Is Lidar a ‘Fool’s Errand,’ As Elon Musk Says? Nissan Thinks So

  • Nick Jaynes has worked for more than a decade in automotive media industry. In that time, he's done it all—from public relations for Chevrolet to new-car reviews for Mashable. Nick now lives in Portland, Oregon and spends his weekends traversing off-road trails in his 100 Series Toyota Land Cruiser.

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Nissan revealed ProPILOT 2, the latest iteration of the brand’s autonomous driving technology. Set for series production inside the Japanese-market Skyline model, ProPILOT 2 enables drivers to go handsfree while on a predetermined navigation route.

  • Nissan has unveiled ProPilot 2, its latest semi-autonomous driving technology.
  • Like Tesla, Nissan isn’t using LiDAR and instead is relying on RADAR, SONAR and Optical sensors.

Notably, the Nissan system achieves Level 3 automated driving without lidar — a technology that automated driving leaders like General Motors and Google’s Waymo believe is integral to cars being capable of driving themselves.

Shirking lidar falls inline with Tesla CEO Elon Musk’s sentiment on the technology. In fact, Musk went so far as to call a “fool’s errand” in April, adding “anyone relying on lidar is doomed.”

What’s Nissan’s opposition to implementing lidar in its suite of automated driving tech? According to Tetsuya Iijima, Nissan’s general manager of advanced technology development for automated driving, lidar fails to exceed the capabilities of radar and cameras.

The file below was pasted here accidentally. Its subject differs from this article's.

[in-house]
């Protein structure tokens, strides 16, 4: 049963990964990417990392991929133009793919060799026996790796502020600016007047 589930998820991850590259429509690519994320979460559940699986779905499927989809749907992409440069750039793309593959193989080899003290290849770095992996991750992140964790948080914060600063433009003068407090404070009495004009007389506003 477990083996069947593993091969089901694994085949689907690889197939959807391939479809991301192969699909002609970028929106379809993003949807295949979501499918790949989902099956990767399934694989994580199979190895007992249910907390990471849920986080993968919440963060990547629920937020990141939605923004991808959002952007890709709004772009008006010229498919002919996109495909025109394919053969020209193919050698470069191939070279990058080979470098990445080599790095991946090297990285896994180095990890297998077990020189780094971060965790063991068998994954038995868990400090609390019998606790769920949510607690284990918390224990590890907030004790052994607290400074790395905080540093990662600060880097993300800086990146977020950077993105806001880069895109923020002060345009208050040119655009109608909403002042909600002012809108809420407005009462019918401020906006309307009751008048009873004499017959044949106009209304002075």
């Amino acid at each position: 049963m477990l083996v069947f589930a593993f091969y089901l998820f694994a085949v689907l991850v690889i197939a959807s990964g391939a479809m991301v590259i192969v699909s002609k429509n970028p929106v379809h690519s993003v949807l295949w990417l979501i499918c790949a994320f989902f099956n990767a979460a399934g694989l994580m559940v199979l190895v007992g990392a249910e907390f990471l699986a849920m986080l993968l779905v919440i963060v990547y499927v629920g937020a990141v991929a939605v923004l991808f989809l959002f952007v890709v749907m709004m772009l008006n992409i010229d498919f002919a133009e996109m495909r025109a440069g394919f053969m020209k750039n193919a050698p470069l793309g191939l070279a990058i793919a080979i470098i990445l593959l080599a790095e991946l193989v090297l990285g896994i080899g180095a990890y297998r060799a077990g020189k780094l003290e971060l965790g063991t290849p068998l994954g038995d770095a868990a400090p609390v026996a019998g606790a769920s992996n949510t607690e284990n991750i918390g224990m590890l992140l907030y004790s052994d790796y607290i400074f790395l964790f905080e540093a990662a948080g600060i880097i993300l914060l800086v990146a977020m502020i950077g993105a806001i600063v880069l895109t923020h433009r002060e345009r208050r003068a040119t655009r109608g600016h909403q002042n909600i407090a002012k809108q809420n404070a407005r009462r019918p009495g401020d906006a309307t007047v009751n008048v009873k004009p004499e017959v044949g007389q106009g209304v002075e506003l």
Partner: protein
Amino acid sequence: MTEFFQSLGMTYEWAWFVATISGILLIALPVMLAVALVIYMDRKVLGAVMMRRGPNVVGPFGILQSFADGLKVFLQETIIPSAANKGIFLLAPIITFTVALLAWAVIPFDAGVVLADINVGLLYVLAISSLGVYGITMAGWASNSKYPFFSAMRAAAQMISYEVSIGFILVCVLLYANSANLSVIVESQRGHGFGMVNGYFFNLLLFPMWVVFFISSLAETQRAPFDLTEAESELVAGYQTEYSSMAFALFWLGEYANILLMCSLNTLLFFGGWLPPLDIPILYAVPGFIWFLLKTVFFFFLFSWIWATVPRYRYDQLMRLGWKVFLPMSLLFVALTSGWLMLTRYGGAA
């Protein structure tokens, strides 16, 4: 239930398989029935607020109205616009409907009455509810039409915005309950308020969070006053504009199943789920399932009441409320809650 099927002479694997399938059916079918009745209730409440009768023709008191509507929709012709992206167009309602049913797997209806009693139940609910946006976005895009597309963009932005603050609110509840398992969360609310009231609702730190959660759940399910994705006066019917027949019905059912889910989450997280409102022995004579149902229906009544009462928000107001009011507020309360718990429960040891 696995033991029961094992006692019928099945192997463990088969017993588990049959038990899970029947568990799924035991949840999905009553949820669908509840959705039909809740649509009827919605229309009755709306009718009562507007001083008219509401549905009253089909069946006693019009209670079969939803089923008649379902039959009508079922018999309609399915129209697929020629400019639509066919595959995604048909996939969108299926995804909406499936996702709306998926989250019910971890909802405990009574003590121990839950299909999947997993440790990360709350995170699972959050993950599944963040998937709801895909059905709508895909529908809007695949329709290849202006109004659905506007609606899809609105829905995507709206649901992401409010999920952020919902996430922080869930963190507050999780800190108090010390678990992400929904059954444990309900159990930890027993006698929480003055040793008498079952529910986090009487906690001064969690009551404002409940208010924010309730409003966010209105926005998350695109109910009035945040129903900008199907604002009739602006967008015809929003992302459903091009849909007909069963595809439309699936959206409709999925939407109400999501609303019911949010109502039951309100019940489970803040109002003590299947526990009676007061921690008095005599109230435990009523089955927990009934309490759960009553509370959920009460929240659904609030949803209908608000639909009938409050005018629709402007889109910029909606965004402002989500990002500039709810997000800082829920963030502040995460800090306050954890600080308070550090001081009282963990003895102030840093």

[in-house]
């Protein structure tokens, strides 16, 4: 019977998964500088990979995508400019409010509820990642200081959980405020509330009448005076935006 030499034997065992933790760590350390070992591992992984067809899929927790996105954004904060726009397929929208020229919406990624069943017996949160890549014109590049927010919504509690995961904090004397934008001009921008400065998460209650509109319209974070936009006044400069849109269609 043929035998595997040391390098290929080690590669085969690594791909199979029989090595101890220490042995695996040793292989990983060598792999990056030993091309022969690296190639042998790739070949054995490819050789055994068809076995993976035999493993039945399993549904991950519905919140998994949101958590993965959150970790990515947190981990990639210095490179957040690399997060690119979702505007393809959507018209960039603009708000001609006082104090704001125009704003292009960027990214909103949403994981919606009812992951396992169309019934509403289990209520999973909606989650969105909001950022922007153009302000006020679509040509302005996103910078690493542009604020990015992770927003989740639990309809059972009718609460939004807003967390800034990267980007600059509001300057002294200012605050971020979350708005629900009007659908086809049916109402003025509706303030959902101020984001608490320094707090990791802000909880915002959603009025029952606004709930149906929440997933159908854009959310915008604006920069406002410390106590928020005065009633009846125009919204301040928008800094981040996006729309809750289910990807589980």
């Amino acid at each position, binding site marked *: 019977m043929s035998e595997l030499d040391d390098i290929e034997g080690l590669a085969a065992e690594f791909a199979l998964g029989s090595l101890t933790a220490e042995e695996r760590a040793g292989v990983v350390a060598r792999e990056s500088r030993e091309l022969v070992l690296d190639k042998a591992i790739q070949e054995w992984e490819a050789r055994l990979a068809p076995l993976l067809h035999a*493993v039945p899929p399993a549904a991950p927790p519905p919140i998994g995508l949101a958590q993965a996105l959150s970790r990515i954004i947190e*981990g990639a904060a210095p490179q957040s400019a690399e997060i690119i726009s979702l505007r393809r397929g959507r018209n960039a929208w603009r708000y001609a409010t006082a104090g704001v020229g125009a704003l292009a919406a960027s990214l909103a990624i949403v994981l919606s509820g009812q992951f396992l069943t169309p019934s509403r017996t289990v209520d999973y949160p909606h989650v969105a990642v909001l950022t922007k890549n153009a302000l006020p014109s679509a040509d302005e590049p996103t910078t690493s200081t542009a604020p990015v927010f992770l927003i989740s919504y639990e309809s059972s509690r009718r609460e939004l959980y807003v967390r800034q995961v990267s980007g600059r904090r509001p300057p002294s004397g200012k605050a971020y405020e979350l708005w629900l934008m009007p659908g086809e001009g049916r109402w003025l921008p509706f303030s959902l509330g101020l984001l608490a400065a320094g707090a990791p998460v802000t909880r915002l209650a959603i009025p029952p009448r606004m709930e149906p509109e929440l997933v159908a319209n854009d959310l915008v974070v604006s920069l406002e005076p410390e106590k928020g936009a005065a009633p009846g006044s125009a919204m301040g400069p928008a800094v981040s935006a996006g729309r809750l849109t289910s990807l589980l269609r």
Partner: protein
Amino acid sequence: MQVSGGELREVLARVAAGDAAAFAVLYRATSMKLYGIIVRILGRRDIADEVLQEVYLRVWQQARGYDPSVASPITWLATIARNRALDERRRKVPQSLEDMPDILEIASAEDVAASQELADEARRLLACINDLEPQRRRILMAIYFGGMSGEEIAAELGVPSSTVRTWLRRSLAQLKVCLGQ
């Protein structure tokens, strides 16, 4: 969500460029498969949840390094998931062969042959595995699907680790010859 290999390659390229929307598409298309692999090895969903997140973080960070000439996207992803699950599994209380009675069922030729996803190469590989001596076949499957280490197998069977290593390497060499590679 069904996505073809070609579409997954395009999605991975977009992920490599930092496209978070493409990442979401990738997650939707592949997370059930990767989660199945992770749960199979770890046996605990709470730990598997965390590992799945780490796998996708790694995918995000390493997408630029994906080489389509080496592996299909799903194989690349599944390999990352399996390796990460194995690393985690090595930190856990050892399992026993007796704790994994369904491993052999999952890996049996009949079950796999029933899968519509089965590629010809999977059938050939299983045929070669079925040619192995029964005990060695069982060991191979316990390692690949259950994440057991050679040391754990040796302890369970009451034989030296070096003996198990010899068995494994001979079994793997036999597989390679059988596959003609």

“It would be fantastic if lidar technology was at the level that we could use it in our systems, but it’s not.” Iijima told Automotive News. “There’s an imbalance between its cost and its capabilities.”

Nissan’s ProPILOT 2 relies on radar, sonar, digital cameras, and high-definition 3D maps to handle self-driving duties. | Photo: Nissan

 

Lidar, which shoots laser pulses up to one million times per second to digitally build a 3D model of its surroundings, has historically been very expensive and bulky. You’d recognize lidar as those big, spinning devices often mounted on the roofs of self-driving test vehicles. These, as you can imagine, aren’t suitable to consumer cars.

Due to an influx in investment in lidar tech in recent years, the systems have been morphed into compact, solid-state setups. Startups have been able to whittle down the cost lidar systems to around $10,000. Some predict that price could go as low as $200, if put into mass production.

Instead of lidar, Nissan’s ProPILOT 2 uses radar, sonar, digital cameras, and high-definition 3D maps to tackle self-driving duties. The Japanese automaker wants to keep the cost of its ProPILOT systems down because it aims to implement them across its lineup. This, in the hopes self-driving tech will spur sales and help drag the company out of a decline in profits.


About the Author

  • Nick Jaynes has worked for more than a decade in automotive media industry. In that time, he's done it all—from public relations for Chevrolet to new-car reviews for Mashable. Nick now lives in Portland, Oregon and spends his weekends traversing off-road trails in his 100 Series Toyota Land Cruiser.

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